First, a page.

Accommodating & Multifocal Intraocular Lenses (IOLs) offer lens choices for patients requiring Cataract Surgery. Cataract Surgery is a procedure used to treat compromised visual acuities resulting from the clouding of the eye's natural crystalline lens.
During cataract surgery, the natural clouded lens is removed and then is replaced by an intraocular lens (IOL). The type traditionally used is a standard monofocal IOL (or a toric model for the correction of astigmatism), designed to target vision at a single focal point. Most patients opt for good distance vision but typically need glasses for near and intermediate tasks such as reading and computer use.
Accommodating and Multifocal IOLs are lens replacement options that are designed to treat a cataract, plus deliver a more natural range of vision, with less dependence on intermediate and near vision glasses.
Accommodating IOLs are not fixed like a standard monofocal lens but instead are designed to flex or "accommodate" like the natural eye's lens. This "accommodation" provides a continuous range of vision with optimal intermediate, near, and distance vision. Accomodating IOLs are also available in a toric model for the correction of astigmatism.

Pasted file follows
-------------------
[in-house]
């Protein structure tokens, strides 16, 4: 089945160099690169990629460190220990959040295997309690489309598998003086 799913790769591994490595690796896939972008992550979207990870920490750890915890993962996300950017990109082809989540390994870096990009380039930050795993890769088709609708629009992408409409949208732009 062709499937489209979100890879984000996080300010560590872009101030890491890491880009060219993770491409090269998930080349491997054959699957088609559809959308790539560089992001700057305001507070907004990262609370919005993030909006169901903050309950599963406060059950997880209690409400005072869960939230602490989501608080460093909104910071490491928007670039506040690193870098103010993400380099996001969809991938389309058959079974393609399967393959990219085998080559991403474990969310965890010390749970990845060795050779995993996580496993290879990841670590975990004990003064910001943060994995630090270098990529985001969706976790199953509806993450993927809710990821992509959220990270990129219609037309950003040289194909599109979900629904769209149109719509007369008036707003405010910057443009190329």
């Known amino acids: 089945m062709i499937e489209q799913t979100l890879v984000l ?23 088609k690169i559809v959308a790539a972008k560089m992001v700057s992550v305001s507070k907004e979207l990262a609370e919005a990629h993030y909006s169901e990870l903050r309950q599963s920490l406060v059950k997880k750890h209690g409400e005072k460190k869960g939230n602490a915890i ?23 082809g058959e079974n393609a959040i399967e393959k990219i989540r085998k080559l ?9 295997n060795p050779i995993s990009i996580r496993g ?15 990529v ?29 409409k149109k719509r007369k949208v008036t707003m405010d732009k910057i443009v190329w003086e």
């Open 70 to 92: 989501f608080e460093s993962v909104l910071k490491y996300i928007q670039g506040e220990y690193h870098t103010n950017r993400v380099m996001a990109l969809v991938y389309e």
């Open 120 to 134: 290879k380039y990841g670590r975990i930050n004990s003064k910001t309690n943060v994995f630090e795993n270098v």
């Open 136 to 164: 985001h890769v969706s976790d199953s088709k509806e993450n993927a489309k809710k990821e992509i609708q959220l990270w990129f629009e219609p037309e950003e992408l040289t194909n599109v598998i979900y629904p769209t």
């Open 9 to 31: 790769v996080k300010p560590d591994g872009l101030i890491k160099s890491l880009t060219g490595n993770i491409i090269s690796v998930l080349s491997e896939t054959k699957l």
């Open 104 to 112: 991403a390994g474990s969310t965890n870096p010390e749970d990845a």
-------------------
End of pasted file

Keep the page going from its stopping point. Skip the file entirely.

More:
Multifocal IOLs are not uniform like a standard monofocal lens, but instead are designed to contain different visual zones to sharpen near and distance vision. Multifocal IOL's may provide better near vision for tasks like reading, but may be associated with more blurring and glare than an accommodating IOL or a standard Monofocal IOL.
Accommodating and Multifocal IOLs are appropriate for cataract patients who, because of their lifestyle, job, or hobbies would like a more natural range of vision. If you require treatment for cataracts, you and your Surgical Specialist may want to discuss the risks and benefits of these lens options to see if they are right for you.
Disclaimer: Each patient has unique visual characteristics and requires the consultation of a qualified eye surgeon before determining what treatment modality is best. The information provided here is only meant to communicate information as a general educational service. It is not intended as a substitute for the health care advice provided by a board certified physician.
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